Apple’s application store “Tumbler” was deleted last November due to the publication of photos of assault on children on the podium.
Templer said it would block any adult content from December 17.
The move angered many users, saying they use the communication platform to disclose their sexual orientation.
But Jeff Donovrio, chief executive of Tumbler, said: “There is no shortage of adult content sites.”
“We spent considerable time weighing the pros and cons of expression in the community that includes adult content. In doing so, it became clear that without this content we have the opportunity to create a place where more people feel comfortable expressing themselves,” D’Onofrio said in a statement on the company’s blog. “Bottom line: There are no shortage of sites on the internet that feature adult content. We will leave it to them and focus our efforts on creating the most welcoming environment possible for our community.”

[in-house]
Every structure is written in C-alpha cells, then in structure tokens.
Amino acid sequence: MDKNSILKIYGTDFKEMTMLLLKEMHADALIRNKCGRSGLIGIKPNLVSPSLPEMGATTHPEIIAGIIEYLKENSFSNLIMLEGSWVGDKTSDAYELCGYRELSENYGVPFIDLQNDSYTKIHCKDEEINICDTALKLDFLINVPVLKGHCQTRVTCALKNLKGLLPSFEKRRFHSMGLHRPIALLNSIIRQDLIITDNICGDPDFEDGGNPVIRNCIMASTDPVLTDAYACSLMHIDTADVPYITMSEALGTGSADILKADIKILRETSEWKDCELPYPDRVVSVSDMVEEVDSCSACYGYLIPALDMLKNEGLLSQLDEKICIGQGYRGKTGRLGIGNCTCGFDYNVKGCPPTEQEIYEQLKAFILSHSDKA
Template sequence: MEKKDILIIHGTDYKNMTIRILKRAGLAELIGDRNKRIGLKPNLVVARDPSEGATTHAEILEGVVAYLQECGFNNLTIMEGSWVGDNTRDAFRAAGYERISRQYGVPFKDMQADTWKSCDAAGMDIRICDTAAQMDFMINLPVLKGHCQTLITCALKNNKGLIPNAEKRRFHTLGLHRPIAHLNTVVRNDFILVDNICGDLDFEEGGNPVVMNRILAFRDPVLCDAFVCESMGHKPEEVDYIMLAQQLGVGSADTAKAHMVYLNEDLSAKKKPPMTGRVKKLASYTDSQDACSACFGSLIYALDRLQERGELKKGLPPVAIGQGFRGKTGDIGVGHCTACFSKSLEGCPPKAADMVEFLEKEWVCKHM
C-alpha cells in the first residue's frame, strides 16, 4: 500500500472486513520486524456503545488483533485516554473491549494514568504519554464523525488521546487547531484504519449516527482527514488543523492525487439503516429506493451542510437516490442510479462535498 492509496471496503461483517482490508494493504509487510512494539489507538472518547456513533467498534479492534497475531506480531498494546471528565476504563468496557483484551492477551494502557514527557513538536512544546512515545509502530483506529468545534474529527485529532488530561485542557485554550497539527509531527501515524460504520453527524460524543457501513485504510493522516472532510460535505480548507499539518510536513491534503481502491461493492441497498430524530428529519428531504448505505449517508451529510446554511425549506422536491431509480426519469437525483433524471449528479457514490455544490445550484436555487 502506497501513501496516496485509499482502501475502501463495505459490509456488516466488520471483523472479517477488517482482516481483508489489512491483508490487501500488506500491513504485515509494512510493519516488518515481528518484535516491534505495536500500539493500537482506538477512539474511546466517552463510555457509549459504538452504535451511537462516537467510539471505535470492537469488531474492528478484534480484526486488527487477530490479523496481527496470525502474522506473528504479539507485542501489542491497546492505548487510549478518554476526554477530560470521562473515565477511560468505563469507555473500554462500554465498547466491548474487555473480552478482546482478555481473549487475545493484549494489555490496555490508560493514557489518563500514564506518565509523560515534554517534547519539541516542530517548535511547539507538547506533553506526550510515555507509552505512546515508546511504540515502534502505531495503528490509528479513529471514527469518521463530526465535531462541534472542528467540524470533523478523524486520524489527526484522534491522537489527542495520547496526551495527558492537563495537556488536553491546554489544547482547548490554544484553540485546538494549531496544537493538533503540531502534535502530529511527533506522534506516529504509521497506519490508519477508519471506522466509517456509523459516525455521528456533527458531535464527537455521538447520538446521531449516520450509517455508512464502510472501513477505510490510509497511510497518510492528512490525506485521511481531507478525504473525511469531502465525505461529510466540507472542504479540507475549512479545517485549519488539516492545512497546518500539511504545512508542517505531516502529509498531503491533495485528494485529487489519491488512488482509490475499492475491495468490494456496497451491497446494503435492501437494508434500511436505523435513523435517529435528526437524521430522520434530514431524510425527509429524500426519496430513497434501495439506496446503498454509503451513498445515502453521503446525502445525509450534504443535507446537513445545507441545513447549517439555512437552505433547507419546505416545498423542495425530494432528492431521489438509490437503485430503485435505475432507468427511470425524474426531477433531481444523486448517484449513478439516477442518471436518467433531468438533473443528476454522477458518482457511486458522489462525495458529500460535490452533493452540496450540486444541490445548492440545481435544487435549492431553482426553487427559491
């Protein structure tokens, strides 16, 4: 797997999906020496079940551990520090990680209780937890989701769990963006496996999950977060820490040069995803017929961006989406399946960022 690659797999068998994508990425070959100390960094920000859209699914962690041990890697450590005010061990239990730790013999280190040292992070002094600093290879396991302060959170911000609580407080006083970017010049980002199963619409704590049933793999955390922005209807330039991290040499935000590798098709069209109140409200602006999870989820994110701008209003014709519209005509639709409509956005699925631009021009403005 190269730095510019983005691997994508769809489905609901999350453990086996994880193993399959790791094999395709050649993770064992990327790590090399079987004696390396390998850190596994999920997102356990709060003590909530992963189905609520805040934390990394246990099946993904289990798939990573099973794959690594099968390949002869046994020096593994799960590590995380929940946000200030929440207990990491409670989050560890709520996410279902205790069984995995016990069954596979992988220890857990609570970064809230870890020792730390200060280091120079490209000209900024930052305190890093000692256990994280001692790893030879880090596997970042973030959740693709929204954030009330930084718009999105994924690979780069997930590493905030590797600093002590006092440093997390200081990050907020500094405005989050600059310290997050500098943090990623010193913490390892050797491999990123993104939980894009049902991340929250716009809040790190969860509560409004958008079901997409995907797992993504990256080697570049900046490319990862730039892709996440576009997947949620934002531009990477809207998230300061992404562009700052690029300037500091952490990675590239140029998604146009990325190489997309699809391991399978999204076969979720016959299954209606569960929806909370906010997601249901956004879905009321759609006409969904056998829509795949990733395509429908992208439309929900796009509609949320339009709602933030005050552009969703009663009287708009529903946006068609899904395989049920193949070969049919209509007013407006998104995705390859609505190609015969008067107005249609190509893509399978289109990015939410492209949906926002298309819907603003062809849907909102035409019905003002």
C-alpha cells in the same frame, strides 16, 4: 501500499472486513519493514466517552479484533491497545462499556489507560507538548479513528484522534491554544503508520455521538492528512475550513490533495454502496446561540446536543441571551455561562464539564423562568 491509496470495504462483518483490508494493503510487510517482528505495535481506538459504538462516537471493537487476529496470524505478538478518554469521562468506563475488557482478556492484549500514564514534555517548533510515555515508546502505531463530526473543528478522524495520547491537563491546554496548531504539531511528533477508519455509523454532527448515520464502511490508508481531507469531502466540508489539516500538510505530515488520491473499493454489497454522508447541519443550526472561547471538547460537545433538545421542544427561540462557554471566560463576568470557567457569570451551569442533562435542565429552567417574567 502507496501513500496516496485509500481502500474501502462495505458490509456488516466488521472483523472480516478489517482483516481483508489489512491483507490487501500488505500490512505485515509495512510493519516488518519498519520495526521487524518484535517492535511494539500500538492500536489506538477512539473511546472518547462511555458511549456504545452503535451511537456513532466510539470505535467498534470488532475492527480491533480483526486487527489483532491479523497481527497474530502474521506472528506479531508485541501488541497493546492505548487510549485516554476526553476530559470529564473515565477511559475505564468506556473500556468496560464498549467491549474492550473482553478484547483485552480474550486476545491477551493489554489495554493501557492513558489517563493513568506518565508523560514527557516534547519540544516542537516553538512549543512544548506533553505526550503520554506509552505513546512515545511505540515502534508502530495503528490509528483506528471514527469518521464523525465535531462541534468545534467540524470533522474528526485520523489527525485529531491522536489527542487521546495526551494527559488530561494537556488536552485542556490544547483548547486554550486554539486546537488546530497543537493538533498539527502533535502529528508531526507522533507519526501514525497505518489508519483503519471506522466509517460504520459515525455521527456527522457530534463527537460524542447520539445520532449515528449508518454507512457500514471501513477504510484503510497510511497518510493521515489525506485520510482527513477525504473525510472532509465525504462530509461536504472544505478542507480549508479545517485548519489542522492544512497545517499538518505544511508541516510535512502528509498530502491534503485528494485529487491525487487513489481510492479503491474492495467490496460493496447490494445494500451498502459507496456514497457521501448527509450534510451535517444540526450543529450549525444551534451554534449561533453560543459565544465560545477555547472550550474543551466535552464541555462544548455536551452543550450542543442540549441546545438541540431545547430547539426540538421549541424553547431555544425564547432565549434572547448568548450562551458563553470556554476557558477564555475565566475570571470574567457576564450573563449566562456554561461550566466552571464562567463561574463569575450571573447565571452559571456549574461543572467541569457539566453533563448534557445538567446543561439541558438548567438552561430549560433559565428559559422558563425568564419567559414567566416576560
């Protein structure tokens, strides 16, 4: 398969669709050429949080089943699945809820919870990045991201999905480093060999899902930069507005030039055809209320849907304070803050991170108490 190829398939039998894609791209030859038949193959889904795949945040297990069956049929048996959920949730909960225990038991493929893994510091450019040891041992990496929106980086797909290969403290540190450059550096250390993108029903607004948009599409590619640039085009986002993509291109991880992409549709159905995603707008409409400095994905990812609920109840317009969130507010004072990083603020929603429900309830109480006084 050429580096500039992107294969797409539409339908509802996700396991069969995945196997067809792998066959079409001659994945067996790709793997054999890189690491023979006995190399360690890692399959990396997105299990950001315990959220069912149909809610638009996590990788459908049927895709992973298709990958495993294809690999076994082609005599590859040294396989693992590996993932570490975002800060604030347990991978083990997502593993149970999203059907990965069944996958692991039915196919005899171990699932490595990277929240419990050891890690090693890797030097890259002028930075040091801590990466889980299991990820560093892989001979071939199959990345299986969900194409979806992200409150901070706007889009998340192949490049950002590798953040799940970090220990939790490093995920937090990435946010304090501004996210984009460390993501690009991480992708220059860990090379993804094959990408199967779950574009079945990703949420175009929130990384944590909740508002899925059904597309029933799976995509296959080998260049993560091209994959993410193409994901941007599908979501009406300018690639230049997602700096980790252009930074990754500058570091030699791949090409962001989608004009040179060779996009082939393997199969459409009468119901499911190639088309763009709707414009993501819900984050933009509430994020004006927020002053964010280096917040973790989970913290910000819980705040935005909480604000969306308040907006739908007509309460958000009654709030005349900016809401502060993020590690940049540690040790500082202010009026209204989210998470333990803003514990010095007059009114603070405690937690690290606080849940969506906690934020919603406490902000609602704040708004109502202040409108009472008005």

The network’s new guideline prohibits genital or sexual images, including illustrations.
There will be an exception to works of art and political protest using nudity.
The network will provide tools for reporting infringing content, and users may request clarification or objection if their content is blocked.
Users will be able to report questionable content via a new reporting system, while blog owners who feel their posts were inappropriately flagged as “adult” can file an appeal.
But many users have threatened to leave the Templar platform and have posted their blogs elsewhere before deleting them.
Some also objected to the two-week deadline, which the site announced, and considered it insufficient to help them store what they had previously published.